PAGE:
Date updated: 17 11 2017
Pugs are living proof that the best things in life really do come in small packages. Always stealing hearts with their silly sense of humour, life’s never dull with this pint-sized clumsy clown by your side.
Above all else, pugs love to be the centre of attention. Your pug is your number one fan, so expect your little buddy to follow you everywhere! When they’re not playing and tearing around, pugs spend a lot of time napping. So in many ways, this is the ultimate house dog; they don’t need long walks, but don’t like being left on their own for too long, so if you’re out all day expect to come home to a seriously peeved pooch!
With an appetite for mischief comes a definite stubborn streak. House-training a pug isn’t exactly easy. Remember that pugs can pile on the pounds quickly if their diet isn’t monitored - so try to keep treat-based bribery to a minimum!
Although mostly low-maintenance, it’s important to watch out for the type of health problems that short-faced breeds can be prone to. But with some TLC and a little patience on the training front, the pug is pretty much the ideal companion…
Average lifespan: 12-15 years
Weight: 6.35 to 8.16 kg for both males and females
Height at shoulder: 25 to 30 cm
Colouring: usually fawn, apricot or black
Grooming requirements: low-maintenance, but regular brushing is a good idea to keep shedding to a minimum
Average purchase cost: £500-£800
Bet you didn’t know…
Pugs quickly feel at home in any setting - including small houses and flats. If you love the idea of being shadowed absolutely everywhere you go,then a pug is definitely for you.
It’s not unusual for a pug to sleep for 14 hours a day (or longer). Expect plenty of naps interrupted by short bursts of fun! Most pugs aren’t that bothered by a game of run and catch, so if you’re looking for long walks around the park - or even the occasional game of frisbee, a pug might not be the right fit.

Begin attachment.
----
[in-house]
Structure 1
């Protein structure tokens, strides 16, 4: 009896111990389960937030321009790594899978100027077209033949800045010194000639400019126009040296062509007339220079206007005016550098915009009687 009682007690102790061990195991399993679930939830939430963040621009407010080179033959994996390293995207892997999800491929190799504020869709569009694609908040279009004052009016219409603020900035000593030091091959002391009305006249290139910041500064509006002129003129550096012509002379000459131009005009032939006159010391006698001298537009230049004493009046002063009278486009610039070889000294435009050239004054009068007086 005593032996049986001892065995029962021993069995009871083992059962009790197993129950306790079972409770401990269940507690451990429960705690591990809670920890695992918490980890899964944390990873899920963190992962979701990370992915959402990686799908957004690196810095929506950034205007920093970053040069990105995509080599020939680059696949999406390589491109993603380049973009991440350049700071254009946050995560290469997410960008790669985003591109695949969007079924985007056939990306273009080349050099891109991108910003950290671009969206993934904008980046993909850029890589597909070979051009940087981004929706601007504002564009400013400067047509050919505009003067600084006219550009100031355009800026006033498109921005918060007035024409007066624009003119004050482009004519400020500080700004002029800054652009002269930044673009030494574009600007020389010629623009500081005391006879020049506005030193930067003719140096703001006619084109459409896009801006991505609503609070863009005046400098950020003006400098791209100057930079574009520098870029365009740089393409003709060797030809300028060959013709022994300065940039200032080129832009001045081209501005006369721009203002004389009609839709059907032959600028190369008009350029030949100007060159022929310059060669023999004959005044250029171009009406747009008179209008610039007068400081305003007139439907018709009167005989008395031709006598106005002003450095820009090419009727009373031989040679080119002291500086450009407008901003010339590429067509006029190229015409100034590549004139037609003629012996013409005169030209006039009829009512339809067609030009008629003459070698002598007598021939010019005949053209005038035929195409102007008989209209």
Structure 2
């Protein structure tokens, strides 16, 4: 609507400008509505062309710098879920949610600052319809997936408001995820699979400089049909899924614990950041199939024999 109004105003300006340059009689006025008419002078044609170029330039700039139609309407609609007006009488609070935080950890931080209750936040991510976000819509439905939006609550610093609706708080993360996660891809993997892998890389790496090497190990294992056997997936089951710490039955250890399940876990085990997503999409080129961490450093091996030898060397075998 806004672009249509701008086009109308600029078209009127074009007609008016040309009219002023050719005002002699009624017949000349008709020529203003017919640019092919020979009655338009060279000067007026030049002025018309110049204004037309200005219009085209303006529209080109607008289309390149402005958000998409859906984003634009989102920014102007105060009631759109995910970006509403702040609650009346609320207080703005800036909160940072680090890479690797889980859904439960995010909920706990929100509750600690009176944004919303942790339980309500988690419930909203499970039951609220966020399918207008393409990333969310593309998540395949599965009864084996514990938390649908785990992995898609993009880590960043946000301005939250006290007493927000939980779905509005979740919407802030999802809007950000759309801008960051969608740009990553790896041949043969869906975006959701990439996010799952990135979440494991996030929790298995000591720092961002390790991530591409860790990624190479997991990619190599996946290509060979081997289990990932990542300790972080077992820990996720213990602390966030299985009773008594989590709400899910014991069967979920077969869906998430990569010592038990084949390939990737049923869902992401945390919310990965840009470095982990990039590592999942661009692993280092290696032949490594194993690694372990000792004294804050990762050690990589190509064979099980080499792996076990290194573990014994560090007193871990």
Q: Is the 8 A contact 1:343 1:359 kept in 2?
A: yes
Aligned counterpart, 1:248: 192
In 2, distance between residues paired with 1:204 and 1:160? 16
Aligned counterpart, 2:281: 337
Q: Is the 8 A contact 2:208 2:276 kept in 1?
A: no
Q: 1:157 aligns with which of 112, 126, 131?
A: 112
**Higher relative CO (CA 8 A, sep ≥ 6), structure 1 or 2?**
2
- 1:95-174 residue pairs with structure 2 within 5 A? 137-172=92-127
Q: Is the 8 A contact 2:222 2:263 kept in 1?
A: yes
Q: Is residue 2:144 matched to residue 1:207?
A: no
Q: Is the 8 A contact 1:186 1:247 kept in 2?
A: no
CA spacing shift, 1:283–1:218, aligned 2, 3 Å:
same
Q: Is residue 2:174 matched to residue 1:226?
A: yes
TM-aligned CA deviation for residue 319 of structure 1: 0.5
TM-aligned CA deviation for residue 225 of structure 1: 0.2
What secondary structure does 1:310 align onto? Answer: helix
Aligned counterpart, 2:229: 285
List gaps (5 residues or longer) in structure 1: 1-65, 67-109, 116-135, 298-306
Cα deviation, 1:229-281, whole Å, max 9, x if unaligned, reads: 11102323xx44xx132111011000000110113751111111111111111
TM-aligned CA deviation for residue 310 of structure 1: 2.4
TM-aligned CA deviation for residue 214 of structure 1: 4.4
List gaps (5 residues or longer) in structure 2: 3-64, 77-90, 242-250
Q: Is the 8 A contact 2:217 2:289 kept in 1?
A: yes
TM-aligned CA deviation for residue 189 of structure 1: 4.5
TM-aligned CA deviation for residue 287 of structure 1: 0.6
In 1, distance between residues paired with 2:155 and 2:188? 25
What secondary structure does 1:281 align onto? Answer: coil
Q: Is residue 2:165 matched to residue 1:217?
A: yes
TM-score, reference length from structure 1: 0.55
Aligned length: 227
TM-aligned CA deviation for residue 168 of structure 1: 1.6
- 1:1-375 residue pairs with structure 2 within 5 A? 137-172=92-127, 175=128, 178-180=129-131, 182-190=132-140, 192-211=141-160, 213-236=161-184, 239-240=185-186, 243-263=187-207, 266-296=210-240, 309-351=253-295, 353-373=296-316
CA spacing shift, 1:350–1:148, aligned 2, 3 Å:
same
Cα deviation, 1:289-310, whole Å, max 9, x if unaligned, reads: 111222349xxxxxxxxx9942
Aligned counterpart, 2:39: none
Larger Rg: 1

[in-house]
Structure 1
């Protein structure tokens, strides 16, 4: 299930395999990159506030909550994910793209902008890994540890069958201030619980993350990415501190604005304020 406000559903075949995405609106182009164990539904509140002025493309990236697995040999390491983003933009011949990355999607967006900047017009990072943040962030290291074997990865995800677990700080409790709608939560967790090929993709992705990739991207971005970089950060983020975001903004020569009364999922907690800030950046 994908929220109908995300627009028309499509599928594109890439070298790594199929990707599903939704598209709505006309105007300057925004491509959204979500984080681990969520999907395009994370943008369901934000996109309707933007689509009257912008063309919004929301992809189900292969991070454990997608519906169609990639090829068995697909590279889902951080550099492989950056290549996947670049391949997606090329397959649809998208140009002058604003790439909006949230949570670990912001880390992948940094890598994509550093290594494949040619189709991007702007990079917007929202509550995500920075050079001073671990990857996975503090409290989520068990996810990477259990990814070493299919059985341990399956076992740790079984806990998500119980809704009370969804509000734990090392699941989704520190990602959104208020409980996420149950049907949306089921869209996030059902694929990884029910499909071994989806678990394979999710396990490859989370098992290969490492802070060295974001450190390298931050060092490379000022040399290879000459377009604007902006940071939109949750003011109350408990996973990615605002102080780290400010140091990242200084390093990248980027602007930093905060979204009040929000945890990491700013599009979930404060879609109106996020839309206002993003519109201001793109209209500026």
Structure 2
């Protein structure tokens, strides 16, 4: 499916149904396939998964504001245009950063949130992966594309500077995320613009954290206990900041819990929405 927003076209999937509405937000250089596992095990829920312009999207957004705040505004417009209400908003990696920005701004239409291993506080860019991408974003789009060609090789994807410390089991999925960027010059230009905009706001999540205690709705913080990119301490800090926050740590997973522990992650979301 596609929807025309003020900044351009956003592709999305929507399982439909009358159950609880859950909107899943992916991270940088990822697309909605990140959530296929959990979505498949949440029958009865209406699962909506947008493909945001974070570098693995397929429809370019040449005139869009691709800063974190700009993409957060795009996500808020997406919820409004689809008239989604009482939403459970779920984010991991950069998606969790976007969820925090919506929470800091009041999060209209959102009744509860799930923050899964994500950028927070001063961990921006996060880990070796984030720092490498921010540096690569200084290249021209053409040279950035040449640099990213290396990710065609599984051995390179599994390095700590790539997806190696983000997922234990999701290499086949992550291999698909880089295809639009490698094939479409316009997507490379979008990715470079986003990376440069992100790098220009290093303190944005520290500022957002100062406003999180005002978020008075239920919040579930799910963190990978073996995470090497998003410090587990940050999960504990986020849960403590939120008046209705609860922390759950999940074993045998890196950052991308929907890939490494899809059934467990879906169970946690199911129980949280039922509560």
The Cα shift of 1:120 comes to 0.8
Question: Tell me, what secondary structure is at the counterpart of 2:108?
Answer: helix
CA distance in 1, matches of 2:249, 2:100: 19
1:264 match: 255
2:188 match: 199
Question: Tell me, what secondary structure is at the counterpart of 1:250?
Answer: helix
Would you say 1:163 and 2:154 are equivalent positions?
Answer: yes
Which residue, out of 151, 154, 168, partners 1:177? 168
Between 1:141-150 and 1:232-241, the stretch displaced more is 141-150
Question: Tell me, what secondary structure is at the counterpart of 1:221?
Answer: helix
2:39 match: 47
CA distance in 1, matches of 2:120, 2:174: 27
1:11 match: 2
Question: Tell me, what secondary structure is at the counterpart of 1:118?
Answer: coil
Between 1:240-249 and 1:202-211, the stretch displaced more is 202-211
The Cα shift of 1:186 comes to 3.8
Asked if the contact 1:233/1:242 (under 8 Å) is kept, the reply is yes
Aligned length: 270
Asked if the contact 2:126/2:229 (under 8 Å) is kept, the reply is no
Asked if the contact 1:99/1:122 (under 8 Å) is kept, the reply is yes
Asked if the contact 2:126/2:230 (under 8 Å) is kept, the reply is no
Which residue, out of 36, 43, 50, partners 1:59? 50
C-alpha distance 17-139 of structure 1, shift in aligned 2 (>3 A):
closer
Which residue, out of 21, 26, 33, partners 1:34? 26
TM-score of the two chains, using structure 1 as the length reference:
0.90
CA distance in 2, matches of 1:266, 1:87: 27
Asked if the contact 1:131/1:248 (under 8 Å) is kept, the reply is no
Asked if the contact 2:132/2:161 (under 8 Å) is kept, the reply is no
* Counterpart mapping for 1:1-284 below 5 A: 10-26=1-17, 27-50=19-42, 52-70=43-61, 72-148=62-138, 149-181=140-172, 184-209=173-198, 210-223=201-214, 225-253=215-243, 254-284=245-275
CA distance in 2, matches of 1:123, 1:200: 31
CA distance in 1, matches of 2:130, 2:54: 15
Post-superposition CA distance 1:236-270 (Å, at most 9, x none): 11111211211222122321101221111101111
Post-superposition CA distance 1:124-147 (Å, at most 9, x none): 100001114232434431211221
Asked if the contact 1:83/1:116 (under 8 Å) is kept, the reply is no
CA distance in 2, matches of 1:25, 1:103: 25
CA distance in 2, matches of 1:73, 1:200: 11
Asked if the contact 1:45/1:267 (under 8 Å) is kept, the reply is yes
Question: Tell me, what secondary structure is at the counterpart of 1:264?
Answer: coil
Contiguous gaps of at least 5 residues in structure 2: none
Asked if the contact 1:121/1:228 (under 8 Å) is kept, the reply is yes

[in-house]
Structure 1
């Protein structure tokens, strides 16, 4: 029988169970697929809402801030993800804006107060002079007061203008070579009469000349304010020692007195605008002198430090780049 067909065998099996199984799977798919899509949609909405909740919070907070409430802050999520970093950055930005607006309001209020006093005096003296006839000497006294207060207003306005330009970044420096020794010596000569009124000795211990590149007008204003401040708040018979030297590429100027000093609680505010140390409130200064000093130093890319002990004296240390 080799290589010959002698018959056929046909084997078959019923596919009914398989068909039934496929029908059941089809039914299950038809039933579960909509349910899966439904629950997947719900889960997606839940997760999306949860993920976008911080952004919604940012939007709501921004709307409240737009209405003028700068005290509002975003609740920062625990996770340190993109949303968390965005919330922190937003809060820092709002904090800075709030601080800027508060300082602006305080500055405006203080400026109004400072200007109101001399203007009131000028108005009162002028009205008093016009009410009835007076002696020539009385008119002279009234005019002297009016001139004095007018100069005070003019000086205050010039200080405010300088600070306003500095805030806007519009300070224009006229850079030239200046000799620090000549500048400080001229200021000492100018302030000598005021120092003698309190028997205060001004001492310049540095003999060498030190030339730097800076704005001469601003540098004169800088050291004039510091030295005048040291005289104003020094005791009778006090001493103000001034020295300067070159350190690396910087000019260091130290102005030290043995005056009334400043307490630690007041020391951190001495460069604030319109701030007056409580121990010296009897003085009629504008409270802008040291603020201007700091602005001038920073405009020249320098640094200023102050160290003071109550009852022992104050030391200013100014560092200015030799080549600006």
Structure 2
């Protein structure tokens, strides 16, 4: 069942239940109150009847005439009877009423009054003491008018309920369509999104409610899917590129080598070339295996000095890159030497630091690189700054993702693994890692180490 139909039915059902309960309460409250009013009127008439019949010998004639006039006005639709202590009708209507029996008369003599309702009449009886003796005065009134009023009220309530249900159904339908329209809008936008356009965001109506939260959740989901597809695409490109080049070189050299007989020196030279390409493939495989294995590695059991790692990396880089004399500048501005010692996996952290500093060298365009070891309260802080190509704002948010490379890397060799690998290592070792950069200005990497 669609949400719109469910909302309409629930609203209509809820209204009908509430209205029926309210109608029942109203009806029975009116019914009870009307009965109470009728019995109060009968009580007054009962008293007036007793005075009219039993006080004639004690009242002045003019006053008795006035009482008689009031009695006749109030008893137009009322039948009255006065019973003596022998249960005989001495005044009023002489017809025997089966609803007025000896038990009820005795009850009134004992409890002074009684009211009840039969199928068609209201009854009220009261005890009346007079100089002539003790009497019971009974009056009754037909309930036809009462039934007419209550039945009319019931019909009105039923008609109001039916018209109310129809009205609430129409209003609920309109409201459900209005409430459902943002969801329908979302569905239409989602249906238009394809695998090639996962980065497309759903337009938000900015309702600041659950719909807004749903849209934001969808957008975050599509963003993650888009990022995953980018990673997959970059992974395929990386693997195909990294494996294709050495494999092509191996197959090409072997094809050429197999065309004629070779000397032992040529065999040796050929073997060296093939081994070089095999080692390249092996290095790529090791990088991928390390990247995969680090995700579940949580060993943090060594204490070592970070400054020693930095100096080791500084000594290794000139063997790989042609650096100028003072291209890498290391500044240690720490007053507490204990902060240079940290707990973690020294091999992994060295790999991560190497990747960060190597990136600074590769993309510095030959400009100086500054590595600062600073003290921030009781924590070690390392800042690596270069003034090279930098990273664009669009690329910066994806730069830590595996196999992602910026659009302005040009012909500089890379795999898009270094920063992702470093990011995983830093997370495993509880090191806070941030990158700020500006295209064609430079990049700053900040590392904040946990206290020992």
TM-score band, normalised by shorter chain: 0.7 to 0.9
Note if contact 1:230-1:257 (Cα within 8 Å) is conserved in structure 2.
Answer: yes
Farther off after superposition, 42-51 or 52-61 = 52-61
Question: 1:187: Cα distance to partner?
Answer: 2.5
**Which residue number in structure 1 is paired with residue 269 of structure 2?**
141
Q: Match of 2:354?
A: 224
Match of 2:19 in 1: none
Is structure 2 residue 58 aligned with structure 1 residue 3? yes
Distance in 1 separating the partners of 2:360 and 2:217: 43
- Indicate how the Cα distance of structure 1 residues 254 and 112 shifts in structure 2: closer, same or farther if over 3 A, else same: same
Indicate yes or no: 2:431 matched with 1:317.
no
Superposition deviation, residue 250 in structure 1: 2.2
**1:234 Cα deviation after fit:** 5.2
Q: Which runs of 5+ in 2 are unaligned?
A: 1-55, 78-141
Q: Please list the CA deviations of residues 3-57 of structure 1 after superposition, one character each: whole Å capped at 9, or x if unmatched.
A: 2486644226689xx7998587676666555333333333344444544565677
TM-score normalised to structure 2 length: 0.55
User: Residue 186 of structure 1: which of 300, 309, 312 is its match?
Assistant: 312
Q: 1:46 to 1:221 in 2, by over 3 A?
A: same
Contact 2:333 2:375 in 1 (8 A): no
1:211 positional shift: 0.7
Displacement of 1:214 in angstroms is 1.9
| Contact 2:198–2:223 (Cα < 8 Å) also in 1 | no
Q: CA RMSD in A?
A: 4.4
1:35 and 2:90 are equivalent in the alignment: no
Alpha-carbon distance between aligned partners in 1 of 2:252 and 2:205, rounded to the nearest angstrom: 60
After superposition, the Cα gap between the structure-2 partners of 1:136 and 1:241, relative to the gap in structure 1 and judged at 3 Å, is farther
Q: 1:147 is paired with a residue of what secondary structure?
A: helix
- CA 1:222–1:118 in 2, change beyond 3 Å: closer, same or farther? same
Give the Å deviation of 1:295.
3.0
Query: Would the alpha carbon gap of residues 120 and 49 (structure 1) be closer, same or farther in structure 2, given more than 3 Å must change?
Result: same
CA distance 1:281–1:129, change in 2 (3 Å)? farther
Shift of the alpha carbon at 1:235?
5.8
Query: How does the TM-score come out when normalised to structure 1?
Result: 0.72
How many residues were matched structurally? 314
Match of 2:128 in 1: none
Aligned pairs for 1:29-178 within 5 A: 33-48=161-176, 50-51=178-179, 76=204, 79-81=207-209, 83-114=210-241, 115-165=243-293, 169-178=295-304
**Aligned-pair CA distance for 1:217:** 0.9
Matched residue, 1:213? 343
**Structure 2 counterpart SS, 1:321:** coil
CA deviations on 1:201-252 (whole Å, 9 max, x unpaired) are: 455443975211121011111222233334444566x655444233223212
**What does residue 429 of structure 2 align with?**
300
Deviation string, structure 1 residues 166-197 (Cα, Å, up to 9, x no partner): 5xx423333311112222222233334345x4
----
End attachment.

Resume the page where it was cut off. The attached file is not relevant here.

Pugs make great family pets, and love jumping and tumbling around the garden with kids. They’re deceptively sturdy, too - and smart enough to dodge out of harm’s way if needed.
Behaviour & training
They’re only tiny, but they know it - so “little dog syndrome” is rarely an issue with pugs. They also have an almost non-existent prey drive, meaning they’re happy to make friends with any other four-legged family members, including cats.
Pugs love their own family, but might get a bit mouthy when a stranger arrives at the door - at least at first. Once they’ve had a chance to calm down and realise that this is a potential new playmate, everything’s generally cool again.
Separation anxiety can be an issue for a pug left alone all day, so don’t be surprised if your buddy’s been chewing the sofa or yelping for attention while you were out! A nice big indoor play area can help soften the blow (and save your furniture).
These pups are smart - but only on their terms. When it comes to learning new tricks, a pug is definitely on board. But as for house training, be prepared to be on hand with lots of patience and plenty of praise. Crate training can be a big help here; once your pug grows to love their own little chill-out zone, they won’t want to make a mess inside it.
It’s always worth watching your step, so you don’t step on your buddy as he runs alongside you! Little legs mean that both puppies and older pugs can struggle with stairs, so a stair-gate is a good investment.
Two walks a day of around 20 minutes is bang on. Too much exercise can leave your buddy overheated or breathless, while too little can cause weight gain and loss of muscle strength. When out for your walk, don’t use a leash and collar; these are bad news for brachycephalic breeds, as the extra force around the neck can severely impede breathing. An orthopaedic bed can help both with keeping joint pain at bay making sure your buddy can breathe easily when napping.
If those wrinkles aren’t looked after, dry skin, yeast infections and dermatitis can develop. Two or three times a week, give them a once over and clean with a canine wipe. Those big brown eyes also have a habit of getting debris in them; so they’ll need a wipe a few times a week, too.
Pugs tend to shed a lot. A few times each week, give that coat a brush. And even if they don’t look (or smell!) like they need one, a bath is a good idea once every three weeks.
Common health issues to watch out for…